Ding Liren will play Ian Nepomniachtchi in a World Championship match if Magnus Carlsen chooses not to play after the Chinese no. 1 defeated Hikaru Nakamura on demand in the final round. A brutal day also saw Teimour Radjabov tie Nakamura for 3rd after beating Richard Rapport, while Alireza Firouzja finished 6th after inflicting a 4th defeat of the 2nd half of the event on Fabiano Caruana. Ian Nepomniachtchi drew against Jan-Krzysztof Duda to finish with an unbeaten 9.5/14.
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And here’s the final day’s live commentary from Judit Polgar and Jan Gustafsson, who were joined at the start of the show by David Howell.
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The final day was in keeping with the fighting spirit we’d seen throughout the Candidates Tournament, with just one game ending peacefully.
Ian Nepomniachtchi went into the final day of the 2022 Candidates Tournament hoping to avoid the bitter end to the 2021 event, when after winning the tournament with a round to spare he lost to Ding Liren in the final round.
It wasn’t easy, as Jan-Krzysztof Duda was out for blood, but the Polish no. 1 lacked some precision at the key moments, and then when he did launch an all-out assault it turned out it was only enough for a draw.
26…hxg6 27.Qe4! Kg7 28.Rb1 Bd5 29.Rxb2 Bxe4 30.Nxe4 Rb6! and we’d reached an equal endgame that fizzled out into a draw.
Ian Nepomniachtchi had managed not just to score five wins but to finish unbeaten for a stunning 9.5/14, which saw him finish 1.5 points ahead of the Ding Liren.
Ian’s seconds who had stuck around since the World Championship match, Ildar Khairullin and Nikita Vitiugov, had a lot to celebrate (and got to quote Christiano Ronaldo).
The big question now is who Ian Nepomniachtchi will play in the next World Championship match. Magnus Carlsen is reported to be negotiating with FIDE over the terms of a potential match.
For Jan-Krzysztof Duda it had been a disappointing first Candidates Tournament, though finishing in a tie for last place was par for the course given he entered as the lowest-rated player.
He told Anastasia Karlovich “I think I played a little bit better than the result might indicate,” and things might have gone differently if Jan-Krzysztof had won a position he was winning in 10 moves vs. Richard Rapport in Round 1. In the end he picked up his one and only win only in Round 10, against Fabiano Caruana, while suffering four losses.
This was the one game in the final round with real sporting significance, since it would decide second place and, potentially, a player who gets to play the next World Championship match.
The scenario was simple, with Chinese no. 1 Ding Liren having to win on demand with the white pieces to finish 2nd, while any other result would mean see Hikaru Nakamura take that spot and the €36,000 2nd prize.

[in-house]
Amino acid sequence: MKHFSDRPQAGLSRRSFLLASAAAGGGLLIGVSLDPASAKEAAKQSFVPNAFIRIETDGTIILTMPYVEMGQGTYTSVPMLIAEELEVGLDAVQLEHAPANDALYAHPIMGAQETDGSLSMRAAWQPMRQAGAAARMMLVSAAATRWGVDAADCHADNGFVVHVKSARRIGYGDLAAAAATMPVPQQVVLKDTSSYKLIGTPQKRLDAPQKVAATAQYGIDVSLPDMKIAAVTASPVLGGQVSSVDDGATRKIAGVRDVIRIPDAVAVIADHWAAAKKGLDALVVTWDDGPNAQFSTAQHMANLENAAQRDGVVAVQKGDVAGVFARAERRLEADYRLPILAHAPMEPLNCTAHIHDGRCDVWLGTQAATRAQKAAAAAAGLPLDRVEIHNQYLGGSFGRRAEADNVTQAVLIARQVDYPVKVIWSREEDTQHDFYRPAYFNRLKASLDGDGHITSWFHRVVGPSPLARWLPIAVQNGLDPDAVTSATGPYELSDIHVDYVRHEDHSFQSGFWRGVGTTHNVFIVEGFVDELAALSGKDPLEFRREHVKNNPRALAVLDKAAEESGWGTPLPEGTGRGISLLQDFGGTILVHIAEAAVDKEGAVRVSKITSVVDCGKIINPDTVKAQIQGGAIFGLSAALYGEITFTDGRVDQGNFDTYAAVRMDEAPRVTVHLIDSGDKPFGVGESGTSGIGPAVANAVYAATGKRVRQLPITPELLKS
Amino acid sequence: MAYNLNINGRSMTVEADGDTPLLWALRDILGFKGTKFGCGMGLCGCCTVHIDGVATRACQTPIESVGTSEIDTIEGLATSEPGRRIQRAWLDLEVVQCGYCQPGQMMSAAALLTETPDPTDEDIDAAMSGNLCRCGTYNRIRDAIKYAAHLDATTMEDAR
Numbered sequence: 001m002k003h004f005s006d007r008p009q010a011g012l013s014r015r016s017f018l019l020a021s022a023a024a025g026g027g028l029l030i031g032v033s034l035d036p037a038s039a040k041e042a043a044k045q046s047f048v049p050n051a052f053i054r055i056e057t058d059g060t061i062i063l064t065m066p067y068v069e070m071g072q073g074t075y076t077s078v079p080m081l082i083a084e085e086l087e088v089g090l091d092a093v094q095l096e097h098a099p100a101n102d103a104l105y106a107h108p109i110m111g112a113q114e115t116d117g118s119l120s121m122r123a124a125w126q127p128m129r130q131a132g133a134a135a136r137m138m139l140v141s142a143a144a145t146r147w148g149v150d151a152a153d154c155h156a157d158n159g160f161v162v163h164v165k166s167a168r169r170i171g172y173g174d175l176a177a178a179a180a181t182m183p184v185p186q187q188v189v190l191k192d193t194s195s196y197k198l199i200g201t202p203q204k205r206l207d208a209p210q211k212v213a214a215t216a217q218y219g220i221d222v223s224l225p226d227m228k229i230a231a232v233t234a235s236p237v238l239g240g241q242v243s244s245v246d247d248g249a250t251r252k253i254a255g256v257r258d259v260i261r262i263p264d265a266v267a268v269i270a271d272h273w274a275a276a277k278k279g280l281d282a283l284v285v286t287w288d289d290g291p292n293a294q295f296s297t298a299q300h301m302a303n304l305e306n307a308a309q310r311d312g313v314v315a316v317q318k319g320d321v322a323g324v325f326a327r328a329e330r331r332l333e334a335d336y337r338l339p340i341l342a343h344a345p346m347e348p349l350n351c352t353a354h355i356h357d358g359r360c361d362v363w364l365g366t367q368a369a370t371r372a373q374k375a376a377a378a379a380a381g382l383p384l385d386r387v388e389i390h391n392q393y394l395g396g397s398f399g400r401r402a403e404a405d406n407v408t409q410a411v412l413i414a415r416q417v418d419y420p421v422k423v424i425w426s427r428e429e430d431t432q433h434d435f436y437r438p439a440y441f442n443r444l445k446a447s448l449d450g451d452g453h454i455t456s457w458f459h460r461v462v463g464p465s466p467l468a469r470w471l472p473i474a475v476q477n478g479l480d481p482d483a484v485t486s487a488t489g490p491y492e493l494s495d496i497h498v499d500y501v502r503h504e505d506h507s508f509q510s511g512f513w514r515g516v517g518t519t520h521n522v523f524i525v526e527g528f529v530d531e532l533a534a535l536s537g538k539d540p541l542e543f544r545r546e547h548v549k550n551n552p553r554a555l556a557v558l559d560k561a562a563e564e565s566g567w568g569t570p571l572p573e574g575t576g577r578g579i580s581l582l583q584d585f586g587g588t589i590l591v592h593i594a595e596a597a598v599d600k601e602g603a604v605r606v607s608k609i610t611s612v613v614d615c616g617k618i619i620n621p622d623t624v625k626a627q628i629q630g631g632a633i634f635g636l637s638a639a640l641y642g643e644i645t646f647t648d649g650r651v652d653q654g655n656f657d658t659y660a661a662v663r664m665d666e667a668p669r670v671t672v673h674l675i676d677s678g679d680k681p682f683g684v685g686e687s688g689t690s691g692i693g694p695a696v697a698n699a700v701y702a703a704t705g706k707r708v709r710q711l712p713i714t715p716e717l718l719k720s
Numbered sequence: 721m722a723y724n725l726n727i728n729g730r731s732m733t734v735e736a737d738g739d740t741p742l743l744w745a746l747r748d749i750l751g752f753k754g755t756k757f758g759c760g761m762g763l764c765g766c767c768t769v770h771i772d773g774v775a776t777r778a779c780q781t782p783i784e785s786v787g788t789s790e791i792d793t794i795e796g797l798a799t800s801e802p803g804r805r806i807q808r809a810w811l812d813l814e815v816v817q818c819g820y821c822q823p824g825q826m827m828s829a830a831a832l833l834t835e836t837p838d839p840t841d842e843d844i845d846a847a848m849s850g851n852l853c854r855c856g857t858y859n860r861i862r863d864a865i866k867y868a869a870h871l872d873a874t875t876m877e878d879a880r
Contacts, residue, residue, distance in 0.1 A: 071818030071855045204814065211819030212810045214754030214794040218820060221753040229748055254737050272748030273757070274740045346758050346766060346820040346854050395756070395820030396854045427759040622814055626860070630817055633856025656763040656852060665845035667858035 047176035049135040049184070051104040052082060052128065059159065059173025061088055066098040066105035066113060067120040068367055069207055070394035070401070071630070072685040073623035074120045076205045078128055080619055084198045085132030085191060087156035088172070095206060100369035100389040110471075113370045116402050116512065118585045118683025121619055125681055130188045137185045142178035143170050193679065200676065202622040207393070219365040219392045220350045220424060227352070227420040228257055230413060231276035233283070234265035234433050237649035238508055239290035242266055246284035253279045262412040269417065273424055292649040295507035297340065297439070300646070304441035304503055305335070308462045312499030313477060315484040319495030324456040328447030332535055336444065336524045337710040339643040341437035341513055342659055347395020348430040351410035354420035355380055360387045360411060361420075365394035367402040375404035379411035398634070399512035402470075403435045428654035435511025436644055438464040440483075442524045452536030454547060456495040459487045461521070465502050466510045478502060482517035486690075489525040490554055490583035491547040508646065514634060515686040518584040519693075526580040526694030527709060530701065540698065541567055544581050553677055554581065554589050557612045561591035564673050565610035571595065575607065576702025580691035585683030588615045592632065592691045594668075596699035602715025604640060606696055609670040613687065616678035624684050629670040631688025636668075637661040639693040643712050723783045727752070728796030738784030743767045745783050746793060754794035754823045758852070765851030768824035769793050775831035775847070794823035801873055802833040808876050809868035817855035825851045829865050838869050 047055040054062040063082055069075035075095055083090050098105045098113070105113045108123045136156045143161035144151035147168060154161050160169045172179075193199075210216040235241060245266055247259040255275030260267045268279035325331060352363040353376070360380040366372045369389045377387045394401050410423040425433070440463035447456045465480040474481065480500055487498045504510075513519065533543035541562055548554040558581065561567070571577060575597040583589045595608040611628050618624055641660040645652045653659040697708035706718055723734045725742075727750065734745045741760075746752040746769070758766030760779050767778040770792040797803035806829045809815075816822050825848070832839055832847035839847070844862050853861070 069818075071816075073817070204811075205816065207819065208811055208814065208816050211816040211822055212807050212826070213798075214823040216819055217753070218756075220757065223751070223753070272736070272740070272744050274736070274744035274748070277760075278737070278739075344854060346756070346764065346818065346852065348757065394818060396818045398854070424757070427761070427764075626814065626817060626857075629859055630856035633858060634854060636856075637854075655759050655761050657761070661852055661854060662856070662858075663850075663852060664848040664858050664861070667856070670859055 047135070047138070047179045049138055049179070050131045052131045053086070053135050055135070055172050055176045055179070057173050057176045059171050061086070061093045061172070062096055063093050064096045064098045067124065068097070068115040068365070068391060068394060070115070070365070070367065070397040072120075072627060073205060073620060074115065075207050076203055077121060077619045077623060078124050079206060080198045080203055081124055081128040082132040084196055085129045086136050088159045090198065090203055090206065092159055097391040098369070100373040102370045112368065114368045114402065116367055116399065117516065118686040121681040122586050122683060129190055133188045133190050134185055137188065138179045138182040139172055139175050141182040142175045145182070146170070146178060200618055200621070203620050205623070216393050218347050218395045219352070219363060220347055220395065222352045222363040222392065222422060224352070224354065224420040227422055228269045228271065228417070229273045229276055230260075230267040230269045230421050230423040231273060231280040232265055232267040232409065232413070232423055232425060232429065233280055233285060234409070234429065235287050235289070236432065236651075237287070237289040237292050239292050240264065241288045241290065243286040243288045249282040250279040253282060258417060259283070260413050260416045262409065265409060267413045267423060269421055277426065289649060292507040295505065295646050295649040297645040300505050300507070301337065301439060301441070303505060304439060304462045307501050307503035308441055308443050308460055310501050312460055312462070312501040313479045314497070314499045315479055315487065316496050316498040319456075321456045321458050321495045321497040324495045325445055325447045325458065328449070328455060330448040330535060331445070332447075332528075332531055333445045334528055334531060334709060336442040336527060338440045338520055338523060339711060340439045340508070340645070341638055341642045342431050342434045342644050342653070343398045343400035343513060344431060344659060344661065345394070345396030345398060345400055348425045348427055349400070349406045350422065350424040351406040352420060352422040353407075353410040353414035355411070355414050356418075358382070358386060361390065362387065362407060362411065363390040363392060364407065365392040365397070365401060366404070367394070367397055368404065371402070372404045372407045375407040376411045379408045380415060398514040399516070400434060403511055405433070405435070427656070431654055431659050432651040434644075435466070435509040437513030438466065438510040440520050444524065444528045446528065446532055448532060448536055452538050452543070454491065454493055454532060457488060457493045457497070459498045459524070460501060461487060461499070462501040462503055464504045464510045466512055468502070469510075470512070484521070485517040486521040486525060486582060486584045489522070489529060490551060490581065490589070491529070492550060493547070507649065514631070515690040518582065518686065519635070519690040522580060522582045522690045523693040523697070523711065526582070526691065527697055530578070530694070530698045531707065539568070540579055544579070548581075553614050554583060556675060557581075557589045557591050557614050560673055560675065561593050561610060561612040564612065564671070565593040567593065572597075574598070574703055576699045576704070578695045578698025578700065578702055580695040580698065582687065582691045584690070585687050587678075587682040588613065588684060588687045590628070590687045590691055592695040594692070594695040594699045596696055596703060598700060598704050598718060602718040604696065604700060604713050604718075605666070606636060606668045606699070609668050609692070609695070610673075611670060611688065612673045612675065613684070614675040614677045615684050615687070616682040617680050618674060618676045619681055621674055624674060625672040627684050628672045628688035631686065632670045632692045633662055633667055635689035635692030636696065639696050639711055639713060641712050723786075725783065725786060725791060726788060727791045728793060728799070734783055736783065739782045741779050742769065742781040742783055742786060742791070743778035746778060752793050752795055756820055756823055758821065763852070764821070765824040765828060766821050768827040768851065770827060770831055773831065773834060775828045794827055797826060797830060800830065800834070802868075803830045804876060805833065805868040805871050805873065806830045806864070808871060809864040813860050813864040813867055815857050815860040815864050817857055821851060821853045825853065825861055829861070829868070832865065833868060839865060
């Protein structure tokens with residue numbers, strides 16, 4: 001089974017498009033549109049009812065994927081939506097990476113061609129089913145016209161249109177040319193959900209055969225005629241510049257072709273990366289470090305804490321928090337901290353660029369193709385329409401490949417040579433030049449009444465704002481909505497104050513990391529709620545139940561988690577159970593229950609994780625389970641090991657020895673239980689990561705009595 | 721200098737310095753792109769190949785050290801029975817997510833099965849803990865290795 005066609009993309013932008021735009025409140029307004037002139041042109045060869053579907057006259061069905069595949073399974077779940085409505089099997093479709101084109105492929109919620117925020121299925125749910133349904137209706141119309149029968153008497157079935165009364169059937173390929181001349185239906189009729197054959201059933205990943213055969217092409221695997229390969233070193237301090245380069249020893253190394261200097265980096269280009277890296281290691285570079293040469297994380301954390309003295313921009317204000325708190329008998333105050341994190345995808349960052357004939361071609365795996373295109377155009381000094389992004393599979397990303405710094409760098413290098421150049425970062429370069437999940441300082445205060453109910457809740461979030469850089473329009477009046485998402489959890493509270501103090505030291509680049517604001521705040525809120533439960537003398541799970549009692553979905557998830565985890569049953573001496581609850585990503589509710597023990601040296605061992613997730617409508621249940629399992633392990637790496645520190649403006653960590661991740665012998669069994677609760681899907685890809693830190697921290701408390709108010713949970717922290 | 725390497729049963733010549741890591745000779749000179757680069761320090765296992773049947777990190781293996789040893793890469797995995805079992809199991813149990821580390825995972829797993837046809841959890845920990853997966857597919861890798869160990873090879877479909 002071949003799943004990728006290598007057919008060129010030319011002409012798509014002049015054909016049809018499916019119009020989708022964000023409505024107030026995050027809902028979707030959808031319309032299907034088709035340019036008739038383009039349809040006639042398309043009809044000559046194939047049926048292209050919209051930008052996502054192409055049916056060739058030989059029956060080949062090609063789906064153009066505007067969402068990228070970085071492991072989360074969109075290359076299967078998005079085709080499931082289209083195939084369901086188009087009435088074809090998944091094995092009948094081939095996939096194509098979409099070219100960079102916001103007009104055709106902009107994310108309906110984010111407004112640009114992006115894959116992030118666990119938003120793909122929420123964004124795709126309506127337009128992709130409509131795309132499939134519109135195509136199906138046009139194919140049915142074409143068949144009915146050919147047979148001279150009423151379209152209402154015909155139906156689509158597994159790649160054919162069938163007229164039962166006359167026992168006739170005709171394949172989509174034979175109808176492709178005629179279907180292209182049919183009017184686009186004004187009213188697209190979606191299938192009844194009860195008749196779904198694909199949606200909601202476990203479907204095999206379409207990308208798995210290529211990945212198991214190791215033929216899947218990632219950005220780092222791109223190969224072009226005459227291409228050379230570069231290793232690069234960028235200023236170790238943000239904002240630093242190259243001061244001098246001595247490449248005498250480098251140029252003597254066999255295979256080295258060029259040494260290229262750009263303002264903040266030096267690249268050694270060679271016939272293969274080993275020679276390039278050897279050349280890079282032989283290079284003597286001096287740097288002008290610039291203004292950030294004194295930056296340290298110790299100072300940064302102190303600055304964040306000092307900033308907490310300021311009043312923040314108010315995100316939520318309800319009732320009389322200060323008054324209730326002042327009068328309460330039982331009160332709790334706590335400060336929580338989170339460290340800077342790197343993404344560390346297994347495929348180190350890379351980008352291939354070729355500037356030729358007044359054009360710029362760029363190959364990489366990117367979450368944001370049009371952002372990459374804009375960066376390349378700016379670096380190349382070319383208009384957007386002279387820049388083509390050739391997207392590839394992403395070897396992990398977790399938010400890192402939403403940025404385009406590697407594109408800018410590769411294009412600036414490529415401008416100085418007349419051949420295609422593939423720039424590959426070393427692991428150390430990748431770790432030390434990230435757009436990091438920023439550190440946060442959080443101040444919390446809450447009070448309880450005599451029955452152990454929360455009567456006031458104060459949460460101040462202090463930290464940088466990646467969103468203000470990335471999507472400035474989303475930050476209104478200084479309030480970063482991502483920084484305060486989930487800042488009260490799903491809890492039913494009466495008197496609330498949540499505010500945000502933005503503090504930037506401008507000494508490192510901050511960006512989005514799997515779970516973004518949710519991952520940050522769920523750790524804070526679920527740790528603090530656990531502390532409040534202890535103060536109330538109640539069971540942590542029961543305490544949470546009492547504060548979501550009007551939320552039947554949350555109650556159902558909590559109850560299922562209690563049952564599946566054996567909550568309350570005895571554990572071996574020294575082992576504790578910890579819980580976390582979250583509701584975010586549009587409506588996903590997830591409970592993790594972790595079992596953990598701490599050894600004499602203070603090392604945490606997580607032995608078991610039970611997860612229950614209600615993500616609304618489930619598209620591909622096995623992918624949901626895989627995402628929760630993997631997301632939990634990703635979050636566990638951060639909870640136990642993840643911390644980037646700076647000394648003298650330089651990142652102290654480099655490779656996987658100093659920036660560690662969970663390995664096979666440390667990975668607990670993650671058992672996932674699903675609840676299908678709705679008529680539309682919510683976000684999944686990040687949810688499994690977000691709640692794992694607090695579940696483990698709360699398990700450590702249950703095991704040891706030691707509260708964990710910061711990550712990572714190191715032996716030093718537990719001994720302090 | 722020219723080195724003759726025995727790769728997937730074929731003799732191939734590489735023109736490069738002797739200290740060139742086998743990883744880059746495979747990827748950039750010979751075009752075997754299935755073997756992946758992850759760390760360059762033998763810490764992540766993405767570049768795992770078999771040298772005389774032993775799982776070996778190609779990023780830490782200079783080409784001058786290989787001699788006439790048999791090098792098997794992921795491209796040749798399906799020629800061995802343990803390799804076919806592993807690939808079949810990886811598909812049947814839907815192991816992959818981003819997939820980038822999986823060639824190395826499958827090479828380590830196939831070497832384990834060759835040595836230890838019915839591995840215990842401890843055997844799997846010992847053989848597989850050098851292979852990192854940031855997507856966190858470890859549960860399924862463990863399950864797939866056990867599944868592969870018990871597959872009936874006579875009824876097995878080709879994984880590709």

Hikaru sprung a small surprise with the Semi-Tarrasch on move 4…
…and initially things seemed to be going his way. By move 15 Hikaru got the chance to exchange off queens.
But after 15…Qxd1 16.Rxd1 Rfd8 17.Ba2 Kf7 18.h4 he felt his next move contained the seeds of his destruction.
He explained in his recap:
Here I start going wrong. It’s worth noting that at this point I’d not used a lot of time, I was feeling very good about myself, I thought the game was going to be drawn very soon, and because of this mindset, and the fact that I was feeling so confident, I played this move 18…h6 very quickly, and I would regret it very, very soon. What I should have done was 18…Rxd1+ 19.Rxd1 Rd8.
Hikaru felt that would have been an easy draw, while after 18…h6 19.Rdc1 he said he now had to be “a little bit careful”.
There were lots more similar moments, until the first crucial mistake of the game came on move 35, when instead of 35…Rd8! Hikaru played 35…Bd8?
That ran into 36.Rb7! and Ding was clearly on top. Hikaru said of his mistake:
I felt like my timing was a little bit off throughout this game. I don’t know if it’s just because I was feeling nerves or what was going on exactly, but I simply couldn’t bring myself to use a lot of time until it was too late. I think it was in my mind that I have to make moves, I have to keep the tempo going, and I did not use my time very well here.
Hikaru called his 36…f4! “a desperation shot”, though the idea of giving up a pawn to win the h5-pawn was a good one, and almost worked. Play continued 37.gxf4 exf4 38.e4!? (38.exf4!)
It turns out 38…f3!, restricting the white king, would have posed real problems for White, and Hikaru said, “in retrospect I’m a little bit confused as to why I didn’t do it,” since he was sure he’d seen the idea.
After 38…Bf6 39.Nd4 Re8 we got the last crucial moment of the game.
Hikaru initially thought he was saving the game at this point, but as Ding got down to his last minute Hikaru realised it wasn’t so simple. Ding had at first struggled with the time control in Madrid, but he found 40.Kg2!, with the tactical point that 40…Rxe4 runs into 41.Kf3.
Hikaru again blamed nerves as after 40…Ne5 41.Nf5 he quickly blitzed out 41…f3+?! rather than the more resilient 41…Nc4!, and after 42.Kg3 Nc4 43.Be7! Ding had total dominance and went on to give a masterclass in how to win a winning position.
Hikaru was animated in the post-mortem.
The US star had won 4 games, moved up to world no. 8, and demonstrated to everyone that he remains a force to be reckoned with in classical chess. He said he would have been “ecstatic” before the tournament to score a plus score, but that with the last-round loss, “I throw away what would have been one of my greatest results ever”.